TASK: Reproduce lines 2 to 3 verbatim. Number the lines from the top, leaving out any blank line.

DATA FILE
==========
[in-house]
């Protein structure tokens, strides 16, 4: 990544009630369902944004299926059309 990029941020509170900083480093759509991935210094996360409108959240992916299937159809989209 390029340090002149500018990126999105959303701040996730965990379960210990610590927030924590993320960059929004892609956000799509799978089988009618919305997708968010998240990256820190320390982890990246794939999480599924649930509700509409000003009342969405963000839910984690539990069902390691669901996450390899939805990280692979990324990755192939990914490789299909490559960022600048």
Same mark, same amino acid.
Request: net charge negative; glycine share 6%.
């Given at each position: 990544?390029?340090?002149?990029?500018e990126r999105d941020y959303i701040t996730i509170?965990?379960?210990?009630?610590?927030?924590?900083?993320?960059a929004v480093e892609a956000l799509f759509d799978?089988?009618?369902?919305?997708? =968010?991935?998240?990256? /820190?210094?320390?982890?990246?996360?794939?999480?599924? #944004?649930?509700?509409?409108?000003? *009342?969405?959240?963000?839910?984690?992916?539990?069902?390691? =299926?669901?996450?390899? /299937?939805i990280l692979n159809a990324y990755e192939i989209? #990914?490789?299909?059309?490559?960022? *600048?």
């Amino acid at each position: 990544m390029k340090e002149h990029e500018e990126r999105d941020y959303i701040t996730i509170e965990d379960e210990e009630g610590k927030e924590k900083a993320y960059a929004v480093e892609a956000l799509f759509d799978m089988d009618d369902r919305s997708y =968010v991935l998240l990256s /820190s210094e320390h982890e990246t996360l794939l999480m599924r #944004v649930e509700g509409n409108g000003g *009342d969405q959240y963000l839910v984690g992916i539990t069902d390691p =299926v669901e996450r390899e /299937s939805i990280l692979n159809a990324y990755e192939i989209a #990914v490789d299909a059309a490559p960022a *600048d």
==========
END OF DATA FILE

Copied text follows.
């Protein structure tokens, strides 16, 4: 990544009630369902944004299926059309 990029941020509170900083480093759509991935210094996360409108959240992916299937159809989209 390029340090002149500018990126999105959303701040996730965990379960210990610590927030924590993320960059929004892609956000799509799978089988009618919305997708968010998240990256820190320390982890990246794939999480599924649930509700509409000003009342969405963000839910984690539990069902390691669901996450390899939805990280692979990324990755192939990914490789299909490559960022600048």
Same mark, same amino acid.